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Local school district laments pandemic’s heavy toll on already struggling Eastland Mall

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BLOOMINGTON (HOI) -- Some big box stores, like Wal-Mart, were winners during COVID-19, but others are struggling to survive.

The Eastland Mall was closed for months during the pandemic and Gov. Pritzker's stay-at-home order.

Now that they're back open, their troubles are far form over, and permanent closure could be in the not-too-distant future.

The owner of Eastland Mall, Tennessee-based company CBL Properties, is now telling federal regulators that it might not be able to survive the economic impact of the COVID-19 pandemic.

Unfortunately, a significant part of the funding for District 87 schools comes from property taxes from the mall.

If it closed, Superintendent Barry Reilly is concerned that potential loss would impact not only the people who work there, but their district's funding as well.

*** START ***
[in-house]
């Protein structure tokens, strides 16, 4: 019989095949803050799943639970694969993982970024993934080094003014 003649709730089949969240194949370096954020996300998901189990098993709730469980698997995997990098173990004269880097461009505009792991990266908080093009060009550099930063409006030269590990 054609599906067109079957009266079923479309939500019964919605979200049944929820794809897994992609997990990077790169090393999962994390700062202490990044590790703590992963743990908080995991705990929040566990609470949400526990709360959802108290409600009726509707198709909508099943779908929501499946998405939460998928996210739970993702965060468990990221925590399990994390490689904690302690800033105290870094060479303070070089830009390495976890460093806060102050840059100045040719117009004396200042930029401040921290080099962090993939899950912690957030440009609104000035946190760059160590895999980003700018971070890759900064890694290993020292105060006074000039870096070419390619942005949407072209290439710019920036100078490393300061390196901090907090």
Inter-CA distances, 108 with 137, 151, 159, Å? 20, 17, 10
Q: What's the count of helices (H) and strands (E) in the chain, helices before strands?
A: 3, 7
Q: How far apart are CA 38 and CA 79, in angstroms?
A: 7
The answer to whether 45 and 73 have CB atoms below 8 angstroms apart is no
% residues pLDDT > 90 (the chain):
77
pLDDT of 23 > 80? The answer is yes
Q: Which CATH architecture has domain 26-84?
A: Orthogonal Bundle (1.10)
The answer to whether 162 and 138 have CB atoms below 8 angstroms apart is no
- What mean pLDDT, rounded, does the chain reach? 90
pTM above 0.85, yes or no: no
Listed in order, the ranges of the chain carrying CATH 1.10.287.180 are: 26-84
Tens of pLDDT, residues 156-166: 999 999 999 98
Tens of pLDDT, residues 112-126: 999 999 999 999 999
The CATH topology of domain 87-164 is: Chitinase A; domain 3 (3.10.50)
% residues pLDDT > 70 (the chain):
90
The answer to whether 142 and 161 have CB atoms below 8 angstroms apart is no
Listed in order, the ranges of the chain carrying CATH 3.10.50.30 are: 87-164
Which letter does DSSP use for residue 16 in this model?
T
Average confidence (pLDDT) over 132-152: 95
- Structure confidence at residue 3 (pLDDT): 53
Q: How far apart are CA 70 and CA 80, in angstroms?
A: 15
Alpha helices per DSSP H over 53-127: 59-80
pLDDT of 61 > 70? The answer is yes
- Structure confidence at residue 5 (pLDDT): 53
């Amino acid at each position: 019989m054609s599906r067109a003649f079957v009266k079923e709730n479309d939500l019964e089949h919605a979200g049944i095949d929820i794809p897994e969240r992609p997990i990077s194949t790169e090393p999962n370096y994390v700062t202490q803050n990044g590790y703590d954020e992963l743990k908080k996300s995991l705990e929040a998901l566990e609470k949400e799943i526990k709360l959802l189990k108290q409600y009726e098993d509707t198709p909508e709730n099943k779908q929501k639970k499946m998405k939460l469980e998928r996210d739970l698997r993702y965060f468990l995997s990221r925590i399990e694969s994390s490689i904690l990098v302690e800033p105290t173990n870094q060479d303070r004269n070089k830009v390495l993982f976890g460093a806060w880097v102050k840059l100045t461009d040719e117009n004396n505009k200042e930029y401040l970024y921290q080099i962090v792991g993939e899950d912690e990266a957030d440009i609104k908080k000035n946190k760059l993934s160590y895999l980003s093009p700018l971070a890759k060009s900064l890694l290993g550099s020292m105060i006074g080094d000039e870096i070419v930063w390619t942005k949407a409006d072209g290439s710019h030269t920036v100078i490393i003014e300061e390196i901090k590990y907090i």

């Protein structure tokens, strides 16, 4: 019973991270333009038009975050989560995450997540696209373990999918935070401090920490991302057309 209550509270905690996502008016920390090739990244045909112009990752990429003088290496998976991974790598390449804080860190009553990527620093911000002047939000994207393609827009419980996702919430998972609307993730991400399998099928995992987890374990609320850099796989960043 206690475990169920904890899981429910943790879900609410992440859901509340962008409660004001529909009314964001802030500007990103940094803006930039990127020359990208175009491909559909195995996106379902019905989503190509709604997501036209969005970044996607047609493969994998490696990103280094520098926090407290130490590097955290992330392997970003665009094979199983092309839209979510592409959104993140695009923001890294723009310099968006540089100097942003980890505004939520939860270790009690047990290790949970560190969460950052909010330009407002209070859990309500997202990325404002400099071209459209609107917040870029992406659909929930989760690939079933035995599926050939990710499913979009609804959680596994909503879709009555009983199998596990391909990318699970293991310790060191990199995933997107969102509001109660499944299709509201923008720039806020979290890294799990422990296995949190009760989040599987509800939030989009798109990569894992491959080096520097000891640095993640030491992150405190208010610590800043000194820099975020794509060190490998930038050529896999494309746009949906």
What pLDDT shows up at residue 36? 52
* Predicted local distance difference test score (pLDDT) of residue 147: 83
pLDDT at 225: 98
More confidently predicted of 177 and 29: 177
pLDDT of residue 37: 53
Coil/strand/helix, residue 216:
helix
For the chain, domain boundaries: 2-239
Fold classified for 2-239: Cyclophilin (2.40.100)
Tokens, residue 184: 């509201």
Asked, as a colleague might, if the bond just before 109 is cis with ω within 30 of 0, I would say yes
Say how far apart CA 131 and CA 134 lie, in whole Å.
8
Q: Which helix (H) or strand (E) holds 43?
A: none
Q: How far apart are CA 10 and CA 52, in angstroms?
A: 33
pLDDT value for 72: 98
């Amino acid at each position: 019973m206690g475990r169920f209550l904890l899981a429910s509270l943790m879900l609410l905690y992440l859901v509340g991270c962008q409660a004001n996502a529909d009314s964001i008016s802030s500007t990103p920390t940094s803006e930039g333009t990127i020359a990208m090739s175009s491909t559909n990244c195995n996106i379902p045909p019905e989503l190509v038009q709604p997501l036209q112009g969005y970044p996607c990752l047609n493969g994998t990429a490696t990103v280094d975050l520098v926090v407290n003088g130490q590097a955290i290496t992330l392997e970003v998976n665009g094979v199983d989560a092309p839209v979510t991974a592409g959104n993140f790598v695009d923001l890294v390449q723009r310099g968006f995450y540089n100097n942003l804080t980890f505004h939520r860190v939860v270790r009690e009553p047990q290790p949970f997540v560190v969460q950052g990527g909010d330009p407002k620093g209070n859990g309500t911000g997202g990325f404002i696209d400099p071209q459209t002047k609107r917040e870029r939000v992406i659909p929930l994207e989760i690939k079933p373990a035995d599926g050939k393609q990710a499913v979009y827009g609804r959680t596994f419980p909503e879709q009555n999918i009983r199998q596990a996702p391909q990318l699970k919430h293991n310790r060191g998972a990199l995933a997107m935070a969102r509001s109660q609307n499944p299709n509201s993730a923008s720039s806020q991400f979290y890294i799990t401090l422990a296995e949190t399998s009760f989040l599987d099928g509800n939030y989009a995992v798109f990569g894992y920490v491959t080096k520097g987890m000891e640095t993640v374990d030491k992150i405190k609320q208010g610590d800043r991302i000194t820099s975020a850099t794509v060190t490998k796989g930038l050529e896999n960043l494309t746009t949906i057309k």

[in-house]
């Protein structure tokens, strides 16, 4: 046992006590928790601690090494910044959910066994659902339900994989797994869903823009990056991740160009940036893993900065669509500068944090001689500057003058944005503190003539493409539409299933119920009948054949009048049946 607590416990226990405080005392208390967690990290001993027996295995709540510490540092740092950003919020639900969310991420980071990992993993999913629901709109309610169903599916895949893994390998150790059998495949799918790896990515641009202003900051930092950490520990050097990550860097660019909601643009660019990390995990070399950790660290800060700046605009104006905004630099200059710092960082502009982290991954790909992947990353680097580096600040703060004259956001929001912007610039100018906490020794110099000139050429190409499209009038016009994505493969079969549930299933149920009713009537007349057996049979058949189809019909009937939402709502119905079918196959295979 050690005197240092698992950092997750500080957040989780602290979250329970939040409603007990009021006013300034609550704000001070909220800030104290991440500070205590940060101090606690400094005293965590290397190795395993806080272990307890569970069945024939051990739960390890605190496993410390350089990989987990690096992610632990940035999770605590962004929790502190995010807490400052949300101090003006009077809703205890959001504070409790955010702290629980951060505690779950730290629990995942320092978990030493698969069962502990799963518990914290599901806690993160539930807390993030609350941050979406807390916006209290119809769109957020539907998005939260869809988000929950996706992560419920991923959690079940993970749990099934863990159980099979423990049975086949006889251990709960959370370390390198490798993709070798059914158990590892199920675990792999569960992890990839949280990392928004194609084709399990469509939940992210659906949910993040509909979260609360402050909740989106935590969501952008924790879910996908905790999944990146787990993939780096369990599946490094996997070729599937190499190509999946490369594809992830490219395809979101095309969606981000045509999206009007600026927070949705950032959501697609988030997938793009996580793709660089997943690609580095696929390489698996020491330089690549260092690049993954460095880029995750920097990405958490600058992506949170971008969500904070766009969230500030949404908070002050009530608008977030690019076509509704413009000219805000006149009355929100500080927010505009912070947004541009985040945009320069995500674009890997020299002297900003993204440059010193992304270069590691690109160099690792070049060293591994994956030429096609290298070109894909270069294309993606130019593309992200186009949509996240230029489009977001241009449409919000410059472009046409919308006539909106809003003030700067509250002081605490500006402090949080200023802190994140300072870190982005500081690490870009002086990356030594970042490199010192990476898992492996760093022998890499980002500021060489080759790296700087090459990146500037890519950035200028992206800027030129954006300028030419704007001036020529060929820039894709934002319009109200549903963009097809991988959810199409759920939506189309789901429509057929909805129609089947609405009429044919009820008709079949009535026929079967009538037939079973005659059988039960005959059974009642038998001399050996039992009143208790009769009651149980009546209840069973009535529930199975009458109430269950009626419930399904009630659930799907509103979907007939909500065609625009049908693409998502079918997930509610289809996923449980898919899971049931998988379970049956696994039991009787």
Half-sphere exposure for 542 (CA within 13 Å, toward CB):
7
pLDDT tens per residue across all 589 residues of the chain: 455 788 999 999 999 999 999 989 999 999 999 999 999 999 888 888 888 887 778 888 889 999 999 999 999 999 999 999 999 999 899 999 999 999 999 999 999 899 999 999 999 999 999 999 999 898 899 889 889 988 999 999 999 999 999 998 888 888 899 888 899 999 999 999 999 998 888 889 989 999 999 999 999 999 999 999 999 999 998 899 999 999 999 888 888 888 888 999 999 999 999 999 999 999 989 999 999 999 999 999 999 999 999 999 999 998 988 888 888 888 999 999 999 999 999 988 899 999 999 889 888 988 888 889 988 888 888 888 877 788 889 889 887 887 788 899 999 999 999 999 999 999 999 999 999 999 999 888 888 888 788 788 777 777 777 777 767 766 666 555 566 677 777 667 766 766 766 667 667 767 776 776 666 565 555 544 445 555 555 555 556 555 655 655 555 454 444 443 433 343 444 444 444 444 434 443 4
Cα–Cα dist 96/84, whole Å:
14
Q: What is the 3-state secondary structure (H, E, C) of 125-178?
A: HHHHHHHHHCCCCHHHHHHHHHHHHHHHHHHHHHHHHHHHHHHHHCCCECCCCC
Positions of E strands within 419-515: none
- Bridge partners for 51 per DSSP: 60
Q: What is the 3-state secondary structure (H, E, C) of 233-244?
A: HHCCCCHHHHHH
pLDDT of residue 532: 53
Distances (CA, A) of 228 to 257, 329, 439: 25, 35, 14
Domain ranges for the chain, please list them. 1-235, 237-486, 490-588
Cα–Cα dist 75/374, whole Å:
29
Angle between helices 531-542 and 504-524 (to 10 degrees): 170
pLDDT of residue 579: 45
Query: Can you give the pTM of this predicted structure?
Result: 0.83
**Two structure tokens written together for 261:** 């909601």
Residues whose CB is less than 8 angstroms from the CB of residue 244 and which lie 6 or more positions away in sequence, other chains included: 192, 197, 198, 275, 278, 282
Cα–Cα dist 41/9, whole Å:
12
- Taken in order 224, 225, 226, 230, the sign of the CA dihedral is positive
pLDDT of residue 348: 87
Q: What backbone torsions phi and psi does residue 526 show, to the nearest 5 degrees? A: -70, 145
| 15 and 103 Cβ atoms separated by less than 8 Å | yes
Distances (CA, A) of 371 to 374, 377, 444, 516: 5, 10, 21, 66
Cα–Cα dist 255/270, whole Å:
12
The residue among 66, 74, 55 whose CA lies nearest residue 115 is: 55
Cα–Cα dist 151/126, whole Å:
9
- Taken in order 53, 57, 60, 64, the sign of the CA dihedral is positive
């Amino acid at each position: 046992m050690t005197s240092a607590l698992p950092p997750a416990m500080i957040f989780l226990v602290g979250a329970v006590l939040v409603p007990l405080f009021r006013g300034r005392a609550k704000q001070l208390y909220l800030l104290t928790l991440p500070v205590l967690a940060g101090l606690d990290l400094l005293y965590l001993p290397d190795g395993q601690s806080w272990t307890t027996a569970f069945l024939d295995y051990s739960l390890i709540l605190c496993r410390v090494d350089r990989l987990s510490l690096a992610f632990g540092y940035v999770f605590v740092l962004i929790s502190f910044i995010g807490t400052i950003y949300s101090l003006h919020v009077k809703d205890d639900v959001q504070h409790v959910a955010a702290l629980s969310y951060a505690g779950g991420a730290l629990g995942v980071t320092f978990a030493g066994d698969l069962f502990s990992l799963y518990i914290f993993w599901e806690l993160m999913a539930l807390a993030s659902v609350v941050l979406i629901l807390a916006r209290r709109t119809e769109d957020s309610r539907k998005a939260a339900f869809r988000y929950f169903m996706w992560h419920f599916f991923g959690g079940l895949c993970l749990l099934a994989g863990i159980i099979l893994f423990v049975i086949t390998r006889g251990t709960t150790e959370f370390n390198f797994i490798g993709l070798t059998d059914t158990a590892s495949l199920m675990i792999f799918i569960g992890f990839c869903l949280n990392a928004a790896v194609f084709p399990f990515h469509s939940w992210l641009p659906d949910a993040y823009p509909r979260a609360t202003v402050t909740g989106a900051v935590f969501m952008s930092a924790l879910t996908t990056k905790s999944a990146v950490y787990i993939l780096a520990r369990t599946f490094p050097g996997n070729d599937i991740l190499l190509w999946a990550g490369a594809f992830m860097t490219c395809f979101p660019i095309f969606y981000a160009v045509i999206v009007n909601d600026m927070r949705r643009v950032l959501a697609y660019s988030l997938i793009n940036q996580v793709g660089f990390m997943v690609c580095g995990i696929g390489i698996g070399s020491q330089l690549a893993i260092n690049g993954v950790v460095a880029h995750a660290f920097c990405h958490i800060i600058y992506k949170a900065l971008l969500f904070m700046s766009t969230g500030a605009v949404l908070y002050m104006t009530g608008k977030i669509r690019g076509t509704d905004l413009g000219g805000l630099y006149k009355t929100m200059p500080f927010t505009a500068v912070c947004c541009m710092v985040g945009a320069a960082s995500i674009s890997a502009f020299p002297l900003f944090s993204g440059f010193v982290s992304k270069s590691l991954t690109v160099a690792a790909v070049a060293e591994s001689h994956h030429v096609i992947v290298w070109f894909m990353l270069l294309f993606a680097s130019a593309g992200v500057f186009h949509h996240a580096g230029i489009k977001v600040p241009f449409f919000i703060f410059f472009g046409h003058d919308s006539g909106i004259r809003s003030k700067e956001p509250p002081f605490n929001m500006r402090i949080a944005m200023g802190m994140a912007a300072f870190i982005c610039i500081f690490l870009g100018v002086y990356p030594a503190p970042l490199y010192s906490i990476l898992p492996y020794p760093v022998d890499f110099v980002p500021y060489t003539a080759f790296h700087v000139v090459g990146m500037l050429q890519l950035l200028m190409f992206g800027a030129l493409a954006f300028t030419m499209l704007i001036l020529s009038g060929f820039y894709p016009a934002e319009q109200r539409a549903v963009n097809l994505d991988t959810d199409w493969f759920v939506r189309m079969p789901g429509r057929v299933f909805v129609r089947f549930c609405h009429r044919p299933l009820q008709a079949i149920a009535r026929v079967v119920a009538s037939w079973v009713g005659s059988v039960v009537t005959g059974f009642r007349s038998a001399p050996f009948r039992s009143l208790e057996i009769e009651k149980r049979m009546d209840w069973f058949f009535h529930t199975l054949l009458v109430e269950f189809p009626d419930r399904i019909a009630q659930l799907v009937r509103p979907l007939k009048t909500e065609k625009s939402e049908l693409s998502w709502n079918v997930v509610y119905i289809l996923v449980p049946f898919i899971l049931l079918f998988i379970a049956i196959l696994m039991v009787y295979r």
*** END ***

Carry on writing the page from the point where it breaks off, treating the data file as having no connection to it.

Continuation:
"It's the most valuable piece of real estate in the county," Reilly explained, "therefore you want to put something there that is going to generate dollars to the local economy."

The superintendent understands COVID-19 has hit many businesses hard, big and small, but he says even prior to the pandemic, Eastland Mall has been struggling.

"The reality is, I have not seen any progress in investing in that mall in a way that would entice different types of businesses wanting to locate there," Reilly said.

Closure could cost area schools hundreds of thousands of dollars.

"We are a public school district that relies mainly on local tax revenue to support the education program that we run for kids. The mall is the biggest taxing body within the area for us, outside of State Farm. It's a huge piece of property, and it would be a significant tremendous loss."

Over the years, Reilly says the assessed value of the mall has been dropping steadily, and with it, the property tax revenue from it.

"The assessed value that could have been, let's say, $60 million a few years ago gets negotiated down to $48 million, which gets negotiated down to $32 million, and now they want to go lower," the superintendent explained, estimating the values over the years.

For now, Eastland Mall is back open, and customers are welcome as stores follow social distancing guidelines.

Sheridan Swathwood

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